Pulse pressure and heart rate in patients with metabolic syndrome across Europe: insights from the GOOD survey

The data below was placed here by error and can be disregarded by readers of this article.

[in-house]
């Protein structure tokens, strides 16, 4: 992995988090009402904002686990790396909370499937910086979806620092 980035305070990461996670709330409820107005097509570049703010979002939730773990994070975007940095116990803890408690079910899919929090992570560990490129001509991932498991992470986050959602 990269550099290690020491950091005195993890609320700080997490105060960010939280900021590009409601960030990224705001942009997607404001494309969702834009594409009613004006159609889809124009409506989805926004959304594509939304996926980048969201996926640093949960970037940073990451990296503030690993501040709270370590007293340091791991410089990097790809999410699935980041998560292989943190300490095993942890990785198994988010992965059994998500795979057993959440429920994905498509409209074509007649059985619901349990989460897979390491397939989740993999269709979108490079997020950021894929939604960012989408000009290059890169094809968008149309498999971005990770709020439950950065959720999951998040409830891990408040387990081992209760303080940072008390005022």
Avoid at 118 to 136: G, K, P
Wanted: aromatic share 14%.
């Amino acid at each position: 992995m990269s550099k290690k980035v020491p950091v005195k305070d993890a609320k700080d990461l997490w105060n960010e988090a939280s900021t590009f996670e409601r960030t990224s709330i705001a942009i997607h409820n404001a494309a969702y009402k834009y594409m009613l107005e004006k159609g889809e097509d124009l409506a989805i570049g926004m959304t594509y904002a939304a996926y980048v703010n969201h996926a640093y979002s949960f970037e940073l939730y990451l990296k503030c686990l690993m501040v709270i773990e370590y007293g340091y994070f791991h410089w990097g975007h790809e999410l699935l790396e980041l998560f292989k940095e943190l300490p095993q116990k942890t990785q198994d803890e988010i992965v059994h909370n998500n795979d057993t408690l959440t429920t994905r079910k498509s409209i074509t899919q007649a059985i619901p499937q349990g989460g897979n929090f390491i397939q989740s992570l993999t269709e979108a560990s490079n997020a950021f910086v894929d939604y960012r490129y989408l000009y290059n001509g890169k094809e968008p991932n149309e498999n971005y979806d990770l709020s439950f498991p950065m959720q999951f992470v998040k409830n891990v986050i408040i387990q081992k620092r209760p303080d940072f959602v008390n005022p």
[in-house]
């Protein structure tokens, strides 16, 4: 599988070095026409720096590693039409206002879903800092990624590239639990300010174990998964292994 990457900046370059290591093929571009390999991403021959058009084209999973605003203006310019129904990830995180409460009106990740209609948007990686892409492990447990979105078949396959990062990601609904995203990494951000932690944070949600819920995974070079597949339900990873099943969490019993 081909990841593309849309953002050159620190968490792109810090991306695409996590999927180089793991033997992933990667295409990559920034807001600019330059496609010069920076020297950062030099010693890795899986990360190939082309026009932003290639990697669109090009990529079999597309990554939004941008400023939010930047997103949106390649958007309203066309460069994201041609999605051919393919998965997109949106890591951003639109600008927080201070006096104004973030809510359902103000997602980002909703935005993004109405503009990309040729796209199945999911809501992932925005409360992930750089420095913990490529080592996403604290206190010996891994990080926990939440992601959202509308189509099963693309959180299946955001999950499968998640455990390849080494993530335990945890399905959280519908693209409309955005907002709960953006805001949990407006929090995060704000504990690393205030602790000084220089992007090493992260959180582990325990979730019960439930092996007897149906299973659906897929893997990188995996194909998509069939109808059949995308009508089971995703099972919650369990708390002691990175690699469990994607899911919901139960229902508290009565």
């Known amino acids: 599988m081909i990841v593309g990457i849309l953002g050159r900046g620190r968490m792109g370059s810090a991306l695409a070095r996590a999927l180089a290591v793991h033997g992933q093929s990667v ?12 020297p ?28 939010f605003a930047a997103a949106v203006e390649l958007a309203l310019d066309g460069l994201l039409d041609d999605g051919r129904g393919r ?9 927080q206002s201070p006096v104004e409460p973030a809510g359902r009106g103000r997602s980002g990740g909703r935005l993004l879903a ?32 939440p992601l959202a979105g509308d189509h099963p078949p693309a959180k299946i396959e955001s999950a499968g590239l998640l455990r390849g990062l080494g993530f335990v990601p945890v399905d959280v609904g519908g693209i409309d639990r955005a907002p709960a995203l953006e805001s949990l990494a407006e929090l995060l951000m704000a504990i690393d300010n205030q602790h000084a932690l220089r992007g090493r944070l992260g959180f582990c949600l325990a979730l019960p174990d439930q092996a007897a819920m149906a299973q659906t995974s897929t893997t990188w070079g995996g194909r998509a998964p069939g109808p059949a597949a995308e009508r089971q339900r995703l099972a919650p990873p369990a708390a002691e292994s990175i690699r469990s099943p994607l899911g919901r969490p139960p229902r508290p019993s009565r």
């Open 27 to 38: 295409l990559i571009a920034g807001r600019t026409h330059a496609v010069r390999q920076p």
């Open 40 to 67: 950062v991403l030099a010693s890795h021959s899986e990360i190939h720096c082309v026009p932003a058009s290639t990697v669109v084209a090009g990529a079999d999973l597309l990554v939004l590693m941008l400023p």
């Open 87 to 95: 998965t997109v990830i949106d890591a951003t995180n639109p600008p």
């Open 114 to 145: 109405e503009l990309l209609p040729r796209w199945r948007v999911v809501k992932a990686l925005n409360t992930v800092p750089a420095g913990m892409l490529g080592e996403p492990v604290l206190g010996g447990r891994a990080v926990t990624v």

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The Global Cardiometabolic Risk Profile in Patients with hypertension disease (GOOD) survey investigated the global cardiometabolic risk profile in 3464 adult outpatients with hypertension across 289 sites in 12 European countries. The pulse pressure and heart rate profile of the survey population was evaluated according to the presence or absence of metabolic syndrome and/or type 2 diabetes mellitus. History and treatment of hypertension were not counted as criteria for metabolic syndrome as they applied to all patients. Out of the 3370 recruited patients, 1033 had metabolic syndrome and 1177 had neither metabolic syndrome nor diabetes. When compared with patients with no metabolic syndrome or diabetes, patients with metabolic syndrome had higher pulse pressure (59±14 vs 55±14mmHg) and heart rate (75.2±11.0 vs 72.5±10.0 beats per min) (P < 0.001 for both), independent of the concomitant presence or absence of diabetes, despite a more prevalent use of β-blockers. In conclusion, in hypertensive outpatients the presence of metabolic syndrome is associated with increased heart rate and pulse pressure, which may at least in part reflect increased arterial stiffness and increased sympathetic tone. This may contribute, to some extent, to explaining the increased cardiovascular risk attributed to the presence of metabolic syndrome.

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